Ramon Sun, PhD

Funded by Mark and Cindy Pentecost in memory of Will DeGregorio

Ewing sarcoma relies on decades-old chemotherapy options, where aggressive treatments are met with poor disease outcomes. Ewing sarcoma is a devastating disease that affects mostly young adults age 10-16, but children under the age 10 can also develop this deadly illness. Due to the disease’s classification as a rare disease (less than 10,000 cases/year), it has not received the attention of the research community like other more common cancers; therefore, it is in desperate need of intense research and development of new therapeutic options.  One of the key observations of Ewing sarcoma made back in the 1930’s is the accumulation of large amount of glycogen. Glycogen is a sugar molecule that our body uses to store energy; only specific organs such as the liver and muscle are capable of producing glycogen.  The ability of Ewing sarcoma tumors to store large amount of glycogen has been forgotten until now.  This proposal aims to understand the reason behind large glycogen accumulation in Ewing sarcoma and exploit the glycogen deposits as a possible drug target for the treatment of Ewing sarcoma. Dr. Sun has established ongoing collaborations with pediatric physicians to study the basis of glycogen targeting agents for the treatment of Ewing’s sarcomaand to define early diagnostic biomarkers and evaluation of response to therapy. The long-term goal is to establish treatment options using one or multiple modalities as tailored therapies against Ewing’s sarcoma’s metabolic vulnerability. 

Christine Brainson, Ph.D.

2017 V Foundation Wine Celebration Volunteer Grant in honor of Susan Leick and Joe McCrary

Lung cancer is the leading cause of cancer-related deaths worldwide, and is a very complex disease with different cell types that make up each tumor.  Immunotherapy is ground-breaking because it is able to cure some patients with late stage tumors.  However, the number of patients that have this great response is still low. In this proposal, we will test the combination of a second drug with immunotherapy to increase the likelihood that squamous lung tumors will respond to treatment.  To do this, we will use two mouse models of squamous cell carcinoma.  These models are ideal for testing immunotherapy because they have intact immune systems and have many features of the human disease.  We will test whether the second therapy changes the cell types that make up the tumor, and whether these changes lead to better therapy outcomes.  If our results show that the second drug can boost the immunotherapy, we can rapidly transition this work to clinical trials in human lung cancer patients.

Victor van Berkel, M.D., Ph.D.

Funded by the Louisville Friends of V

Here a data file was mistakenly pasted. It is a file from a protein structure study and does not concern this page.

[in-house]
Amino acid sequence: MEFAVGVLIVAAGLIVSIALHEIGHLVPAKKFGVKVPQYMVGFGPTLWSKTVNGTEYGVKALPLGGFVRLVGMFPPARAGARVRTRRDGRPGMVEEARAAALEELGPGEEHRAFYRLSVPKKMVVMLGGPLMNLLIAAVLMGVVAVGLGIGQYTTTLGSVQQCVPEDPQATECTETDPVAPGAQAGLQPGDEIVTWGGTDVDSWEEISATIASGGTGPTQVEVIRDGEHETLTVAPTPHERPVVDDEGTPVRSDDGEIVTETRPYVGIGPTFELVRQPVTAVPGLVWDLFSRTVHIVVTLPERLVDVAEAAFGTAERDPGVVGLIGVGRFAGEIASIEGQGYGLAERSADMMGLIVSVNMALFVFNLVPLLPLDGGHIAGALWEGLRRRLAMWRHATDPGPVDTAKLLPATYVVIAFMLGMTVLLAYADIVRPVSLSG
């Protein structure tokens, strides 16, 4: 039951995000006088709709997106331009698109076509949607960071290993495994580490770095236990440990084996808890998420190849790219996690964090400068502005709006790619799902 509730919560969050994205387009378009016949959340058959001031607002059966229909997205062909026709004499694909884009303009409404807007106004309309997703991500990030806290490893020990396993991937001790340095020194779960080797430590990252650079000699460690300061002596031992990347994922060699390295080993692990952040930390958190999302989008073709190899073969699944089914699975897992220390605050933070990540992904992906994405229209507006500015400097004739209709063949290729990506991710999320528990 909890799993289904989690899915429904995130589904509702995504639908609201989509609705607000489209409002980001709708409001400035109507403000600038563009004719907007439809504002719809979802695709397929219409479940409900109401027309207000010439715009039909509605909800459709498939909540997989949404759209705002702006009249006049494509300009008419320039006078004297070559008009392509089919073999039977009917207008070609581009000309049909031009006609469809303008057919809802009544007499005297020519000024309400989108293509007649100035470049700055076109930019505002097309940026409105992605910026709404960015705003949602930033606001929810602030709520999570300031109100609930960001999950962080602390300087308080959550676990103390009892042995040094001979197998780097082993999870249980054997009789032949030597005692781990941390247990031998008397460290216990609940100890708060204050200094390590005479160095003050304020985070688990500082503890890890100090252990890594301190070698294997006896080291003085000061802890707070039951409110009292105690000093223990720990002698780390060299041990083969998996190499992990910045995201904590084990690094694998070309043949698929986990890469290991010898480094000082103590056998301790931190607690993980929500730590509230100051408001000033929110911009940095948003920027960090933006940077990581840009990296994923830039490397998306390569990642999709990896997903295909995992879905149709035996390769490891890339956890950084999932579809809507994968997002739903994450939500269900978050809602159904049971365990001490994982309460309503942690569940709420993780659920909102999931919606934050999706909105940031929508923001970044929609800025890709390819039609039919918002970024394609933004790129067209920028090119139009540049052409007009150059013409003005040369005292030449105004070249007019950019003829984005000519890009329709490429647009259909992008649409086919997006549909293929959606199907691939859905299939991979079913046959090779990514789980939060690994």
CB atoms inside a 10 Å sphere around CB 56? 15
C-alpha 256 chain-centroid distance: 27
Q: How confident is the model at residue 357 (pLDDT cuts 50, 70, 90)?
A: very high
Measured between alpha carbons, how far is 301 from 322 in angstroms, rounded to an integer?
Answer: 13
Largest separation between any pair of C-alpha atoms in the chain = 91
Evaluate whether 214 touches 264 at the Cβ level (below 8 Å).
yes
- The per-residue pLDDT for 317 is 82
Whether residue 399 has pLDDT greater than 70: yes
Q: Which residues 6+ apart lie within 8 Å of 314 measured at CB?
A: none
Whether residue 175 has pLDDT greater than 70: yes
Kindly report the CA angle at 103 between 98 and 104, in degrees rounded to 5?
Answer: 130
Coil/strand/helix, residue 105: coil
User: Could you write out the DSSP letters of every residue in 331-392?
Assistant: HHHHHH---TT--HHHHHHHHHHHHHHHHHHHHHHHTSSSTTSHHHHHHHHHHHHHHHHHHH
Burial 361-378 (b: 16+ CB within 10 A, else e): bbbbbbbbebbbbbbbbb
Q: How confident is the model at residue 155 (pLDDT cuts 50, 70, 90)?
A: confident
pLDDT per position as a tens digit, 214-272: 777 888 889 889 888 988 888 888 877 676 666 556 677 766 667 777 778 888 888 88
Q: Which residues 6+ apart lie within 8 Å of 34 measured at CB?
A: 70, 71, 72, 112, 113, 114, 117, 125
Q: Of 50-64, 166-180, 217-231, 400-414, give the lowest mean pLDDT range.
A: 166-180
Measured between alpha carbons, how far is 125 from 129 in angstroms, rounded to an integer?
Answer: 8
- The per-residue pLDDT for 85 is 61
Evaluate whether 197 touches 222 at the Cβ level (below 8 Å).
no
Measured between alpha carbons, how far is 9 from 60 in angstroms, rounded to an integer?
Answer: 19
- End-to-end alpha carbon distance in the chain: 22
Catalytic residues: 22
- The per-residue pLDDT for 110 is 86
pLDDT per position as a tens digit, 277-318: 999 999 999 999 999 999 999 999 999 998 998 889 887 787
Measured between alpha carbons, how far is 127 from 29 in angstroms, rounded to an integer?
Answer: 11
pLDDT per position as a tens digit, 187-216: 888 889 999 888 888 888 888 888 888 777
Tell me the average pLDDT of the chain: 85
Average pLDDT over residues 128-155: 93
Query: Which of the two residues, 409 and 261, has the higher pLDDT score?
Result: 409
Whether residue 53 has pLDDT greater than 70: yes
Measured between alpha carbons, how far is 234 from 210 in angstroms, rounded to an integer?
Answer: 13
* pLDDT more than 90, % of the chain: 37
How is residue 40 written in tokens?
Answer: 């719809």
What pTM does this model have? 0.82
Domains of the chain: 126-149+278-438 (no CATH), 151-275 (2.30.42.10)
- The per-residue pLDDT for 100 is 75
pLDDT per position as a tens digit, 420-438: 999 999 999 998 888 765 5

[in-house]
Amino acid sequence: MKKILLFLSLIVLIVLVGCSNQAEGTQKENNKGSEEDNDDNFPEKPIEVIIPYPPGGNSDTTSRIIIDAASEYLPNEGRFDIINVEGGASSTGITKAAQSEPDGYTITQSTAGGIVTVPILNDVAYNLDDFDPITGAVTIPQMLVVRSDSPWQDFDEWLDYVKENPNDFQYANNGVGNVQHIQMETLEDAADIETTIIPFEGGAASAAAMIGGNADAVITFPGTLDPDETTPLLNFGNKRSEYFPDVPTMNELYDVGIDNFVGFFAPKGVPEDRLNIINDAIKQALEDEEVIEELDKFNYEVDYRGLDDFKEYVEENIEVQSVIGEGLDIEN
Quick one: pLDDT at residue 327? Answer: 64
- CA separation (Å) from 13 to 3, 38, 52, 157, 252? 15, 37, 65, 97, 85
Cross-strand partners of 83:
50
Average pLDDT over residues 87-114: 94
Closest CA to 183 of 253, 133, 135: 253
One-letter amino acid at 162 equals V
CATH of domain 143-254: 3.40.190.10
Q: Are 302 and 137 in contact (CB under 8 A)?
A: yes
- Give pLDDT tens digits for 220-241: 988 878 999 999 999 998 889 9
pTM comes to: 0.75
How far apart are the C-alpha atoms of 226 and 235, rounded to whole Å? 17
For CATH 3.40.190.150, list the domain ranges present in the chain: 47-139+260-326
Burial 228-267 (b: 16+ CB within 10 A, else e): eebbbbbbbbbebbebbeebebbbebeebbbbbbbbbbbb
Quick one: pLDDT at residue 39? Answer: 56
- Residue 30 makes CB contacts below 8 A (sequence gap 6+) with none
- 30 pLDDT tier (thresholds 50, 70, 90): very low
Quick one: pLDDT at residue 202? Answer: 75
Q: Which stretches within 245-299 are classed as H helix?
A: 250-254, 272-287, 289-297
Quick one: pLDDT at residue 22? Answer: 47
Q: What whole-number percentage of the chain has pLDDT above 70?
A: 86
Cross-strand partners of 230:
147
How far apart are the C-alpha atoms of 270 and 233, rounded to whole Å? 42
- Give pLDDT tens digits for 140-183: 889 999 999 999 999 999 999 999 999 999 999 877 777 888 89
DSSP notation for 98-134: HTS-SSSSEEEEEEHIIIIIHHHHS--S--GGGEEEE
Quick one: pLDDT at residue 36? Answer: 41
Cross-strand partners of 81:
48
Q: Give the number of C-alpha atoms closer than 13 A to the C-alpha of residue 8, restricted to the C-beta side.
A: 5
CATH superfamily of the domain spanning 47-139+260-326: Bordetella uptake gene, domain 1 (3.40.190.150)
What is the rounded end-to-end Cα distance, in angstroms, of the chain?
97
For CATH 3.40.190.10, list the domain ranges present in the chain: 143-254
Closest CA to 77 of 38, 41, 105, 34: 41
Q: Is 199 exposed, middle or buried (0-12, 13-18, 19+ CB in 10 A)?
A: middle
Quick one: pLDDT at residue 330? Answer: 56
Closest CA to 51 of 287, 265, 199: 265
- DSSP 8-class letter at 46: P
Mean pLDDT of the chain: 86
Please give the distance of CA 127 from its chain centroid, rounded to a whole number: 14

Lung cancer is responsible for more cancer deaths each year than breast, colon, and prostate cancer combined. Part of the problem resides in the lack of symptoms associated with lung cancer – many patients already have advanced disease on presentation. Currently, the best method for identifying lung cancer involves computed tomography (CT scans) of the chest; while this has been demonstrated to improve cancer mortality by identifying earlier stage cancers, it also identifies multiple nodules within the lungs that are not malignant. In an effort to more precisely diagnose early stage lung cancer in at risk individuals, our group has turned to breath analysis. Human breath contains thousands of compounds from atomic hydrogen to complex biological molecules. Recently a class of organic compounds known as carbonyls have been associated with lung cancer.   Our research group has devised a simple method to extract and measure these compounds from a single breath.  We have identified four specific cancer markers among these compounds – the chance of having cancer increases with the number of elevated cancer markers identified in the patient’s breath.  The proposed project seeks to determine if breath analysis is as effective as CT scan in screening for lung cancer by comparing the two methods in the same patients. We will also study patients after a cancer has been resected to determine if recurrence of cancer can be effectively detected by breath analysis relative to CT scanning.

Jessica Blackburn, Ph.D.

Abeloff V Scholar*

Funded by Louisville Friends of V

Acute lymphoblastic leukemia is one of the most common and deadly childhood
cancers. Drugs that children are given often do not fully kill all of the leukemia cells.
A specialized cell, called a leukemia stem cell, preserves the leukemia through selfrenewal.
If one leukemia stem cell persists, the cancer can regrow and make a child
sick. Our goal is to find better ways to kill these cells so that we can cure patients.
One way that we do this is by studying leukemia stem cells in a zebrafish cancer
model, which is very similar to human disease. Here, we will use a new method to
find genes that are only expressed by leukemia stem cells. We will then look for
drugs that target these genes and can kill leukemia stem cells. The breakthroughs
that we make can be quickly applied to human disease because our studies are being
done in an animal model. Our research will give vital data about leukemia stem cells
and biology, and we hope we will discover new drugs to treat leukemia.

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